The Panel concurs with the opinion of several prior UDRP panels which have held that, when a domain name wholly incorporates a Complainant’s registered trademark, that may be sufficient to establish a confusing similarity for purposes of the Policy. See, e.g., Kabushiki Kaisha Hitachi Seisakusho (d/b/a Hitachi Ltd) v. Arthur Wrangle, WIPO Case No. D2005-1105; Oki Data Americas, Inc. v. ASD, Inc., WIPO Case No. D2001-0903; Magnum Piering, Inc. v. The Mudjackers and Garwood S. Wilson, Sr., WIPO Case No. D2000-1525; Eauto, L.L.C. v. Triple S. Auto Parts d/b/a Kung Fu Yea Enterprises, Inc., WIPO Case No. D2000-0047; Bayerische Motoren Werke AG v. bmwcar.com, WIPO Case No. D2002-0615. In this Panel’s view, the addition of the terms “buy” and “online” does not sufficiently distinguish the disputed domain name from the Complainant’s trademark.
Additionally the Respondent has brought no argument in support of his contention that the disputed domain name is not identical or confusingly similar to a trademark or service mark in which the Complainant has rights.
Therefore, the Panel finds that the requirement of paragraph 4(a)(i) of the Policy is met.
B. Rights or Legitimate Interests
The Respondent has not provided any evidence of the type specified in paragraph 4(c) of the Policy, or any other circumstances giving rise to a right or legitimate interest in the disputed domain name. It is clear that the Respondent has not demonstrated any bona fide offering of goods and services by using the disputed domain name. Nor has the Respondent shown that it has been commonly known by the disputed domain name. The Complainant showed, inter alia, that the Respondent has neither a license nor any other permission to use the disputed domain name. The Panel finds that the Complainant has made a prima facie case that the Respondent lacks right or legitimate interests, and the Respondent has failed to demonstrate such rights or legitimate interests. The Panel finds that given the use formerly made of the disputed domain name, when the Respondent registered the disputed domain name it knew that XENICAL was the trademark of the Complainant, and that it registered the disputed domain name because it would be recognized as such.
The Panel finds that the Respondent has no rights or legitimate interests in respect of the disputed domain name.
C. Registered and Used in Bad Faith
Paragraph 4(b) of the Policy provides a list of indicative circumstances that suggest bad faith registration, however, such list is not exhaustive and a finding of bad faith depends on the circumstances of each case.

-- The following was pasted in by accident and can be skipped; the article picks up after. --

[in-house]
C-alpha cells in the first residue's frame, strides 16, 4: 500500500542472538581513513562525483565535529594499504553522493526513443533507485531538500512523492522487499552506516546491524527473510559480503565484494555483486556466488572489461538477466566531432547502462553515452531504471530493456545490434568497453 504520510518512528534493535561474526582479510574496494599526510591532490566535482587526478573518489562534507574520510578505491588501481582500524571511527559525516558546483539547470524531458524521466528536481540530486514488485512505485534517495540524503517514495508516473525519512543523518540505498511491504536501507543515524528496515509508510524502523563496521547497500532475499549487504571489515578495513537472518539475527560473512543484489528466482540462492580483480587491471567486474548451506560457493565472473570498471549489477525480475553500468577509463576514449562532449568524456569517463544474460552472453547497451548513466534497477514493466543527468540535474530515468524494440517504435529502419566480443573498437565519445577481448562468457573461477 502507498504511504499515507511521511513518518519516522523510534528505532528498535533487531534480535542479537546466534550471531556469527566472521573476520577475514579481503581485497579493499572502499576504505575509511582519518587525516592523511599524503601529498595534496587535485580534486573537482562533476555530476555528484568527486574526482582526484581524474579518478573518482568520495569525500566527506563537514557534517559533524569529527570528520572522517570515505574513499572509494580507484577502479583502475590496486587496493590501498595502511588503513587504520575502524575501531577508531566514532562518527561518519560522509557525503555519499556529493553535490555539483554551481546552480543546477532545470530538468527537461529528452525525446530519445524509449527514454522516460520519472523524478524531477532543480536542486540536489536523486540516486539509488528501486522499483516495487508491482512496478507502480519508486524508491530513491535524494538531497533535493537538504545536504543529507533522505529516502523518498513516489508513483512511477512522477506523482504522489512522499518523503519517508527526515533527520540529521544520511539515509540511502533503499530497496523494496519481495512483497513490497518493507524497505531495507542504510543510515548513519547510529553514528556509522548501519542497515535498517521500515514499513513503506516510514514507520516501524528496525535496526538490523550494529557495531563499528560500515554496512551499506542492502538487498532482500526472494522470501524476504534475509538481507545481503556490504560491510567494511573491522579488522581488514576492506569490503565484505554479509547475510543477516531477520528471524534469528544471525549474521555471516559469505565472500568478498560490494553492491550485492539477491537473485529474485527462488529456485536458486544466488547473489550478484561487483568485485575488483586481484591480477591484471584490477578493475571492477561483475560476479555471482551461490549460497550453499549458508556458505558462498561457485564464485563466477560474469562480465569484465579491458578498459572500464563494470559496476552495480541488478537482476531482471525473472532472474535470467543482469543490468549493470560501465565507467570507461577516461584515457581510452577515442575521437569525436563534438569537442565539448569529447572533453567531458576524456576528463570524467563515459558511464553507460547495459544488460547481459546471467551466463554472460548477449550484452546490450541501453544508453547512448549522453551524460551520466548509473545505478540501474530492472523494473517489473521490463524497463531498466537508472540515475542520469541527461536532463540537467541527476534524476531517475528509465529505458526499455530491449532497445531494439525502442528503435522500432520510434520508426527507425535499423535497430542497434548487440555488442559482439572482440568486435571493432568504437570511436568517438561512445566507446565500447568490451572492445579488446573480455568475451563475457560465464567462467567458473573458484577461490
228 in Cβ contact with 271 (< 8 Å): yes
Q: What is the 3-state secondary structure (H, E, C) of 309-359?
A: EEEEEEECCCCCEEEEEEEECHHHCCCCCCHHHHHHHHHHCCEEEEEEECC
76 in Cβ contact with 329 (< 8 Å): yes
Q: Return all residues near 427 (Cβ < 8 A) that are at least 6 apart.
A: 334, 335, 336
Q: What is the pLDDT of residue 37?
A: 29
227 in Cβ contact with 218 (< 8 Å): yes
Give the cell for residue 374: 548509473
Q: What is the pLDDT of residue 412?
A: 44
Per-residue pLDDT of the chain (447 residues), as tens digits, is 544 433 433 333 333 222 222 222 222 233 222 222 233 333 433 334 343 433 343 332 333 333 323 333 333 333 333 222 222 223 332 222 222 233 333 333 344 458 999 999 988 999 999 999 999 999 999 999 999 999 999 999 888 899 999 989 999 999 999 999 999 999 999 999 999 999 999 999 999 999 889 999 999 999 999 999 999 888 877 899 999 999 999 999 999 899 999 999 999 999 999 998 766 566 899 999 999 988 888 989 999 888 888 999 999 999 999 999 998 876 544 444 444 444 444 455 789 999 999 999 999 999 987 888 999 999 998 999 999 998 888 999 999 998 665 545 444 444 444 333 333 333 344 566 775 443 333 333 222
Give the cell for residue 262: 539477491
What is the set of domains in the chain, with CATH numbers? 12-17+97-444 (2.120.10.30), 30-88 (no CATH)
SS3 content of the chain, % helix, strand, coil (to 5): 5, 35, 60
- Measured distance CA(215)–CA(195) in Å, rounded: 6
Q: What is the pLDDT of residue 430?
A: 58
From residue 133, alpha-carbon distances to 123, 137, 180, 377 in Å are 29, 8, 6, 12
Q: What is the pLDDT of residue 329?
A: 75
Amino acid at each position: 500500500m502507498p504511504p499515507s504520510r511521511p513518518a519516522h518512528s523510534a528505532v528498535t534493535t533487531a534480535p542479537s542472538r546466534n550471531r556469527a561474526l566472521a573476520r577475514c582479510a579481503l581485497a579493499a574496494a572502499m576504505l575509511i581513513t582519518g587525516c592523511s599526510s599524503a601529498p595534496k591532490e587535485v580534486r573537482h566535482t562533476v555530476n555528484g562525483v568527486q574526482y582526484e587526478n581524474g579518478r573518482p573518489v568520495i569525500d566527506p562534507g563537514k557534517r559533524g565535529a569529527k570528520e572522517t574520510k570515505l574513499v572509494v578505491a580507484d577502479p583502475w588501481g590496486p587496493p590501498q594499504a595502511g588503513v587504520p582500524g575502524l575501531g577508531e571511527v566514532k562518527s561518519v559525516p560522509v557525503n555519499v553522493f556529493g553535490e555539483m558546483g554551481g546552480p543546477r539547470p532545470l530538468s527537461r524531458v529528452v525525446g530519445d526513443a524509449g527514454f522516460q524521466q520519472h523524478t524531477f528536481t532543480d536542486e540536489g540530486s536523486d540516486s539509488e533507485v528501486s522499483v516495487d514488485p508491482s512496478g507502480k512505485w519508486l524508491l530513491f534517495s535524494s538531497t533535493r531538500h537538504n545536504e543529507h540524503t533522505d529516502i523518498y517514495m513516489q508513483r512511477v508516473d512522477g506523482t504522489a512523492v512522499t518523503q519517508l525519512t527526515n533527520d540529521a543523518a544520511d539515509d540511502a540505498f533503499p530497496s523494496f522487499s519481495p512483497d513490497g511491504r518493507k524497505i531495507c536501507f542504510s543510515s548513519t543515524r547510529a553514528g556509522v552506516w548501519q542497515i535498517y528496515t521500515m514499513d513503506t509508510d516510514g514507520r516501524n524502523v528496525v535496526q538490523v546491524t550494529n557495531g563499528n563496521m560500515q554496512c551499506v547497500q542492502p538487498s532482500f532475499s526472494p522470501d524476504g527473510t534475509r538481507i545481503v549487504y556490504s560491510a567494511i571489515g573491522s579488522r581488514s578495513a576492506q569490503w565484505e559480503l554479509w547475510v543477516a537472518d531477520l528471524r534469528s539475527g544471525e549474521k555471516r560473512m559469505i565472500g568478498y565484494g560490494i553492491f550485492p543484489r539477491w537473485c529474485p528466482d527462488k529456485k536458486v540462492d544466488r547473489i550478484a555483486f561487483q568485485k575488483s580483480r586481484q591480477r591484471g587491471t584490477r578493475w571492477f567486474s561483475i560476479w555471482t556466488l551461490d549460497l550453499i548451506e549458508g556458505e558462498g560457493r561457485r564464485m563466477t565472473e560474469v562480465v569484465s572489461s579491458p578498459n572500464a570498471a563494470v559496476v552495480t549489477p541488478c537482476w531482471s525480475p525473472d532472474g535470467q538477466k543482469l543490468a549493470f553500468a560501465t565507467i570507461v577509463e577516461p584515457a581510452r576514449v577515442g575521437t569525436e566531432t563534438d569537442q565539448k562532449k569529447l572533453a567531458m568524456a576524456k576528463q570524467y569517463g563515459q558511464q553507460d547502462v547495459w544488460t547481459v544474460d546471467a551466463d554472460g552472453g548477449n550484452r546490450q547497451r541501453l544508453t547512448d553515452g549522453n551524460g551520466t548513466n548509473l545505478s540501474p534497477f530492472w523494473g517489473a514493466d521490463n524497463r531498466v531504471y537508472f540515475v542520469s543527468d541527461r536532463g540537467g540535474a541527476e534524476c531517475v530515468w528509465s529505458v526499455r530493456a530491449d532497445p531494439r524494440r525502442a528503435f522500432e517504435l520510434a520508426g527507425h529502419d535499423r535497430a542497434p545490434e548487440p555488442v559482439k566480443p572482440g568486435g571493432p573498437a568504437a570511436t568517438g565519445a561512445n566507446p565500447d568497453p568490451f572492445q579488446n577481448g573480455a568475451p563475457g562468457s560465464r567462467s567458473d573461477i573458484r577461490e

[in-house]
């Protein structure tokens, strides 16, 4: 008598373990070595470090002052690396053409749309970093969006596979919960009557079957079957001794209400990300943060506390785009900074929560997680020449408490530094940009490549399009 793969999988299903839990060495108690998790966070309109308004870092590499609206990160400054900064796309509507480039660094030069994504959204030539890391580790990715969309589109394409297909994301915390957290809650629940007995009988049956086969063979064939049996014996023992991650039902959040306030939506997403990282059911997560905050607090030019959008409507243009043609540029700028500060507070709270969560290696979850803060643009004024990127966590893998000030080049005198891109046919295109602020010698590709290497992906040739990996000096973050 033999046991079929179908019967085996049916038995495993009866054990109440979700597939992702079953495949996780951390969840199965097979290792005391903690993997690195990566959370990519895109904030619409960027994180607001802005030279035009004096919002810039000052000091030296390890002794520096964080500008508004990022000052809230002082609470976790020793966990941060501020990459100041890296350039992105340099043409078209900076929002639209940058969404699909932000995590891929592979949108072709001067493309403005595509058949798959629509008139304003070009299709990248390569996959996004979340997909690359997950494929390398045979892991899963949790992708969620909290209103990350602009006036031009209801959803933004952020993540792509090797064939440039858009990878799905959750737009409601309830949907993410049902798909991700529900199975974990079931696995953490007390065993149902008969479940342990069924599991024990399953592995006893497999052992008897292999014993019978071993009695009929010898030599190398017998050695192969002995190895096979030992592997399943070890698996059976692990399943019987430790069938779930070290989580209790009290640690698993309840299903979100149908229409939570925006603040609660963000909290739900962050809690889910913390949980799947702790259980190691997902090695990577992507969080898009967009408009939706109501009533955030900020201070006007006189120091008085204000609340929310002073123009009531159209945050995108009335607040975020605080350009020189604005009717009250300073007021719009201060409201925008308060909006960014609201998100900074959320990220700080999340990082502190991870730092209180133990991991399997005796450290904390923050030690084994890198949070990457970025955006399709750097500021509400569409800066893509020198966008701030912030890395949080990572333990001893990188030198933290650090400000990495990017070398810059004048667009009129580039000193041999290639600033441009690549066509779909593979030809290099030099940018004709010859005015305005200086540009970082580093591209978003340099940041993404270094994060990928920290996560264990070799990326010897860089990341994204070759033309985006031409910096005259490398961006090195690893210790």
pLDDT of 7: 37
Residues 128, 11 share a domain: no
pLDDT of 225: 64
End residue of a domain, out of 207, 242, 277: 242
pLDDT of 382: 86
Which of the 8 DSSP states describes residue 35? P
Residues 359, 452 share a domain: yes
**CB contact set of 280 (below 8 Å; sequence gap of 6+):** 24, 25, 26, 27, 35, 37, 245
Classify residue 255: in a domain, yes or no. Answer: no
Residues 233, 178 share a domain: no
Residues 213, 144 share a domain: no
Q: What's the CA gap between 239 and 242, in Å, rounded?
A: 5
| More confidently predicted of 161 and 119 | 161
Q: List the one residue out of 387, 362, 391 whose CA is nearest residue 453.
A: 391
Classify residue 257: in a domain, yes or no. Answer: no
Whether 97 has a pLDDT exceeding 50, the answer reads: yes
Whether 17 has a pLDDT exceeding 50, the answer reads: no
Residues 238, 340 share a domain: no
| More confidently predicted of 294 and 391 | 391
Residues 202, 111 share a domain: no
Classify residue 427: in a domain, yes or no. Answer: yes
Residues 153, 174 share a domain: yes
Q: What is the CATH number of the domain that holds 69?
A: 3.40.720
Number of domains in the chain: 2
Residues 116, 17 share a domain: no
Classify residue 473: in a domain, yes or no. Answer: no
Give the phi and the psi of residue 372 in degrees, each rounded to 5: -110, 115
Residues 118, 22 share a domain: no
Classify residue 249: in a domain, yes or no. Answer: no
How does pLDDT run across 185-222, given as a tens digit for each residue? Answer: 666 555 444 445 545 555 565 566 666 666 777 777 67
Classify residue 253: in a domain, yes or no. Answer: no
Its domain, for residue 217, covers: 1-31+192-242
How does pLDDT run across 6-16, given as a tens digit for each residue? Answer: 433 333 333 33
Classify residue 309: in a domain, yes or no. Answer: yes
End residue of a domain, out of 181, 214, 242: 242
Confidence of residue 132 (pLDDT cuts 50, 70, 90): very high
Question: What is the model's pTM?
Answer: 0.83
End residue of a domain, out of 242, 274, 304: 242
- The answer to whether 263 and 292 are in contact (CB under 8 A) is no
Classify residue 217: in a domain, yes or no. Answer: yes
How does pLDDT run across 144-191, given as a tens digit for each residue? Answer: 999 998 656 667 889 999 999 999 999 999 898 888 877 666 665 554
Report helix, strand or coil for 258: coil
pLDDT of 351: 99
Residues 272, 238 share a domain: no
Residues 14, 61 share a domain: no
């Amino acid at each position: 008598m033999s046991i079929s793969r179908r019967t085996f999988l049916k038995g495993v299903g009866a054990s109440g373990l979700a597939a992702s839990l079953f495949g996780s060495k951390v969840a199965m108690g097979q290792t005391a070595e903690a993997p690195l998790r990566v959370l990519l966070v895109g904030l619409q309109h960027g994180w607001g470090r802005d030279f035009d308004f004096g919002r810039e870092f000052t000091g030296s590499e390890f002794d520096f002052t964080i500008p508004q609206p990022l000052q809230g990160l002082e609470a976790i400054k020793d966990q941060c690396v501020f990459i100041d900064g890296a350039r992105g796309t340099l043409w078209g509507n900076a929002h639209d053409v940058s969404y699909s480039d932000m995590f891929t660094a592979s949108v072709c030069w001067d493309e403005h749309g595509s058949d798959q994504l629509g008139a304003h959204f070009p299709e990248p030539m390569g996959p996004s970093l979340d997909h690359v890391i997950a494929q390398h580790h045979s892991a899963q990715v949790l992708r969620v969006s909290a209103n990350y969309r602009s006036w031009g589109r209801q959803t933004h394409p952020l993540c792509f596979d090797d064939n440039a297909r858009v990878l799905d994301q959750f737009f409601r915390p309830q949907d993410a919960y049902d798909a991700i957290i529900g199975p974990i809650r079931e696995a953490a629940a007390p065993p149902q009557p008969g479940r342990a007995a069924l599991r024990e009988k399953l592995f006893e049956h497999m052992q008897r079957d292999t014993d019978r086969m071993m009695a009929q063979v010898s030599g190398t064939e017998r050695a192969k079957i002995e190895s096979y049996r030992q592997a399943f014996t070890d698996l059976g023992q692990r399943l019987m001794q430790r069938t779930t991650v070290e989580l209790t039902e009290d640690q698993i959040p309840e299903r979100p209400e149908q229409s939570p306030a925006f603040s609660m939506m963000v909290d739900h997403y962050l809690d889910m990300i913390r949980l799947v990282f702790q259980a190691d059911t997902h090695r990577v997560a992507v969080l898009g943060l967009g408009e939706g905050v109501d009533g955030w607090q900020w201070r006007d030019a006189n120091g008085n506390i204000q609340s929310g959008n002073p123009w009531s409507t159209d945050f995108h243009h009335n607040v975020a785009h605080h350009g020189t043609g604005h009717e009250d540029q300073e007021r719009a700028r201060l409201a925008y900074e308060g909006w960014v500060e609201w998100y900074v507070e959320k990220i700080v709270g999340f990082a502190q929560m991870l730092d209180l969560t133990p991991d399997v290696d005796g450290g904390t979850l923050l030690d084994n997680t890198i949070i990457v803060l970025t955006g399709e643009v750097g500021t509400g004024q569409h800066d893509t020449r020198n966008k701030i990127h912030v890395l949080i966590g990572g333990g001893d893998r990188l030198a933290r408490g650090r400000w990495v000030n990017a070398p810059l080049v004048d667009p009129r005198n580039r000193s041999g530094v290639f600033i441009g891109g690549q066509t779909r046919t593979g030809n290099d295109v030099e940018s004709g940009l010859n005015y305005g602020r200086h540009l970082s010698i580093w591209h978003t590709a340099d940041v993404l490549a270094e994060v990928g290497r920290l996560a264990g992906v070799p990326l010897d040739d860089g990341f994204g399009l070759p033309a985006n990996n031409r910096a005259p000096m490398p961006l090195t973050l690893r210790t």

Complainant's use and registrations of the XENICAL trademark predate Respondent's registration of the disputed domain name. Given the fanciful nature of the XENICAL trademark, and the sequence of events, the Panel finds it likely that Respondent was aware of Complainant's trademark when the disputed domain name was registered, and that Respondent chose the disputed domain name intentionally for the purpose of trading on the value of Complainant's trademark.
Based on the circumstances, in the Panel’s view, it is reasonable to infer that when the Respondent registered the disputed domain name, it likely knew that the disputed domain name incorporated the trademark of the Complainant. The Panel, in accordance with previous decisions issued under the Policy, is of the opinion that this knowledge may be considered, in appropriate cases, also as an indication of bad faith (see Parfums Christian Dior v. Javier Garcia Quintas and Christiandior.net, WIPO Case No. D2000-0226).
Thus it is clear to this Panel that by using the disputed domain name, the Respondent has intentionally attempted to attract for commercial gain, Internet users to the Respondent’s website by creating a likelihood of confusion with the Complainant’s trademark as to the source, sponsorship, affiliation, or endorsement of the Respondent’s website. In view of the above, the Panel finds that the Respondent has registered and used the disputed domain name in bad faith, in accordance with paragraph 4(a)(iii) of the Policy.
For the foregoing reasons, in accordance with paragraphs 4(i) of the Policy and 15 of the Rules, the Panel orders that the disputed domain name <buy-xenical-online.com> be transferred to the Complainant
Dilek Ustun Ekdial
Dated: August 24, 2011